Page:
Today I am finding myself fascinated by Professor Maslow. Fascinated because when coupling the hierarchy of Maslow with Ethics of the Fathers 3:17 we can learn something profound about what drives our decisions.
Disclaimer - I am not a theologian but rather an observer of human behaviour, an economist raised at the teat of "rational behaviour" who is constantly amazed by irrationality. My work, which is my calling, brings me into contact with people, young and old, with diverse attitudes towards money and varying levels of financial capability - many of whom rarely act in their own best interest.
Part of my drive in promoting financial education is borne of the idea that without financial freedom there can be little financial dignity. It is a controversial statement and I must define financial freedom before continuing.
Financial freedom is not a Pollyanna'ish vision of a lifestyle bereft of funds, nor is it the idea that one can easily generate sufficient passive income to fund a desired lifestyle without having to do any actual work.
These are unrealistic. They present a view of the world not rooted in reality and make a mockery of the incredible amount of work that has to go into becoming an overnight success! Financial freedom, as I understand it, is the idea that you can pay your bills, minimise and eliminate your debt and have some savings in the bank. Living your life within your means.
It is the idea that you can live without financial fear, without debt feeding your sleep with nightmare.
It should be an attainable goal.
50 years ago this was, for most, simply considered basic housekeeping. But then the challenges were different. Credit was less available and peer pressure on a global scale, magnified by celebrities funding a lifestyle we cannot imagine, didn't exist or dominate our airtime and aspirations.
It was, in many ways, an easier time. A life of minimal debt, a culture of savings and living within one's means was simple the norm. Today the great divide is an ever growing gulf between those who have more money than month and those who have more month than money.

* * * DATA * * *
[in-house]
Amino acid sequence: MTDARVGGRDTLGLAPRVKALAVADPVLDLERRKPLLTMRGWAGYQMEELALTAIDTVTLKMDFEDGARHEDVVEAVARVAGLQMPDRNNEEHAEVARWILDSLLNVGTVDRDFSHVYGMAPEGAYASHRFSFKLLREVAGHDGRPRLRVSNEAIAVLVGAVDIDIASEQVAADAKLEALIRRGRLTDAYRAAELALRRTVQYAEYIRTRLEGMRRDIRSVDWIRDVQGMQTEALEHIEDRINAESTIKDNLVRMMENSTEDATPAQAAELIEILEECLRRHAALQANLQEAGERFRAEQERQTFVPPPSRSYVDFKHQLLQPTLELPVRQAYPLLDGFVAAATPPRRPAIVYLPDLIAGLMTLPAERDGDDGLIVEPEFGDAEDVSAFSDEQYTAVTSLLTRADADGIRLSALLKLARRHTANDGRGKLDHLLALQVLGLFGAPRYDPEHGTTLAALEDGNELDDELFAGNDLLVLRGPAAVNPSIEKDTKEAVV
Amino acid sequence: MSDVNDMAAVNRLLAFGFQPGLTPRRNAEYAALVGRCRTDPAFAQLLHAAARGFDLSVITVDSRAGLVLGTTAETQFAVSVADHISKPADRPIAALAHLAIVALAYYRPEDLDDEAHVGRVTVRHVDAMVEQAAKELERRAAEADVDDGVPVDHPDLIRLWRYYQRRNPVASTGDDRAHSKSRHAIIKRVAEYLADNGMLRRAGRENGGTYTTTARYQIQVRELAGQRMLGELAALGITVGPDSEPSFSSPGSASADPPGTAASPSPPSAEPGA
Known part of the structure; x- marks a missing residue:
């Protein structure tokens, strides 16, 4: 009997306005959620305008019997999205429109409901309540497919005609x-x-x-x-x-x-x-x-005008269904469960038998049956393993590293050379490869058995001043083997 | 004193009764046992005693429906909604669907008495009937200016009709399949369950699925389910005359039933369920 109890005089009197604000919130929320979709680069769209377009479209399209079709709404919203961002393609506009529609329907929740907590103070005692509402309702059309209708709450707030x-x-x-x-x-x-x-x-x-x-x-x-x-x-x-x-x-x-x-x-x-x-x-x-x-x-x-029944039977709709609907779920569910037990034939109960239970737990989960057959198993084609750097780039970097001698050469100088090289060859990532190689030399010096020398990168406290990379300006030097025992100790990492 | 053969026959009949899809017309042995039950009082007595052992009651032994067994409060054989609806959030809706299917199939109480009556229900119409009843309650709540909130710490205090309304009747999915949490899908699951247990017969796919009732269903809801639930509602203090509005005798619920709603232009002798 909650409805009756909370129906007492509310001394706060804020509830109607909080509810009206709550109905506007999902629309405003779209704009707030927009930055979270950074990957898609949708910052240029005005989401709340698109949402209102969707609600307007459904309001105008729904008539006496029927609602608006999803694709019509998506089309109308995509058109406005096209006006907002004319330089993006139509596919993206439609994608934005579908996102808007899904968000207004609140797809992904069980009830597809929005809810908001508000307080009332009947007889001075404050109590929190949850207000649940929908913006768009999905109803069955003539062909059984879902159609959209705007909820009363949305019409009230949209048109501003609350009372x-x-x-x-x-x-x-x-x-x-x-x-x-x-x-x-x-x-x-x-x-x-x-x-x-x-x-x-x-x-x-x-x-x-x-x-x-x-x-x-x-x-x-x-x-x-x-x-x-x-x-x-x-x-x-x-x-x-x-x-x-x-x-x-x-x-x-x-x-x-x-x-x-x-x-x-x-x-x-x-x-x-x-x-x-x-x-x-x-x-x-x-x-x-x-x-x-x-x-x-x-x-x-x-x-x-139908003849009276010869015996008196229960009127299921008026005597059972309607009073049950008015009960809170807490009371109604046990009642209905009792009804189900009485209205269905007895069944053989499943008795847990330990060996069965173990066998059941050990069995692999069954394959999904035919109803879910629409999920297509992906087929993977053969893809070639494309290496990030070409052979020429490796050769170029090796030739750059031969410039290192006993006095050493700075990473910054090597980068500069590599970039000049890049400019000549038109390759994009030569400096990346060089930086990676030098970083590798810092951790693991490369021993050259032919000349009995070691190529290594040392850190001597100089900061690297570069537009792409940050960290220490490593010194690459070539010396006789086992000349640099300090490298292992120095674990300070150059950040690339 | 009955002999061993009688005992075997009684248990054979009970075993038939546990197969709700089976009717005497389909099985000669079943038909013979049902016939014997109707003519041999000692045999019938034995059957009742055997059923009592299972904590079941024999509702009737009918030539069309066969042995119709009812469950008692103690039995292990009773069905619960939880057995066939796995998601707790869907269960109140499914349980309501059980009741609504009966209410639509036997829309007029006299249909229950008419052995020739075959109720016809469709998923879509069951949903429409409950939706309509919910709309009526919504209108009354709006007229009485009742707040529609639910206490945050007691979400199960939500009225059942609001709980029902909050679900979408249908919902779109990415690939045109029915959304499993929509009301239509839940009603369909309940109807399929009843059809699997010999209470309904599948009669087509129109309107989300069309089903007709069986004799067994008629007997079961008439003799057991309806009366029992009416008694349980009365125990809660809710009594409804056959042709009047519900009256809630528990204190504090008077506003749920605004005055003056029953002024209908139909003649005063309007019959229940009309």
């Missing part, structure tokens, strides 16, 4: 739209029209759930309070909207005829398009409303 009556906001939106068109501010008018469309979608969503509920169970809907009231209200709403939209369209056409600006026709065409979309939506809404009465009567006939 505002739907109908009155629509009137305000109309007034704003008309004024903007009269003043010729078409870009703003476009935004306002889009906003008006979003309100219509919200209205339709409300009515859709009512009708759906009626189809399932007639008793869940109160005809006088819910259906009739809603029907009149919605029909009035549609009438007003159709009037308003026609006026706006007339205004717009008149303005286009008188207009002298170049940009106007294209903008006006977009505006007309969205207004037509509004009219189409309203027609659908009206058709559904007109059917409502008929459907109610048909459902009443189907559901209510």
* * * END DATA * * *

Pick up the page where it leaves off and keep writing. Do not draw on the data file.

A Halifax survey in April (2013) found that 46% of households admit to having run out money before the end of the month over the last year, and almost one in 10 (9%) say they ran out of money every single month and that is a terrifying concept.
To misquote the aft-used expression is money the root of all evil? No.
Money like a car, is simply a vehicle. It can be a way of getting from one place to another, or can be a dangerous weapon. Whether it causes harm is in the hands of the driver.
It is the lack of money which is the problem and I would venture that many people struggling each month to look after their family would agree.
It is written in the Ethics of the Fathers (3:17) that without bread there can be no learning. That is a more logical view of money... which brings us to Abraham Maslow.
Maslow was a psychologist who became famous when in 1943 he stated that human motivation is based on people seeking fulfillment and change through personal growth.
He did this by clearly defining our needs in a hierarchy, a pyramid.
At the bottom of the pyramid are our base needs, our physiological needs - those things without which we can not survive for very long (food, water).
At the top of the pyramid are the more esoteric ideas of esteem (the desire to be accepted) and self actualisation (the need to become what we feel we must become).
What I find intriguing is the idea that those who feel they are not getting what they need at any one level will regress, that is go down, to the level of the pyramid they find to be easier to achieve and will park their life there.
What does that mean? It means that the accumulation of stuff, the unstoppable spiral of spending, and the unrelenting pressure to purchase merely numb us from seeking our true potential. Or excuse us from the pursuit.
The mirror of that is that if we don't have the lower levels satisfied, if we don't have access to adequate supplies of food, water and shelter we can not hope to reach our potential.
Without dignity there can be no freedom.
Without satisfying our base needs we are unable to pursue our dreams and potential, and without pursuing our dreams and potential our base needs become merely animalistic.
Just something to think about.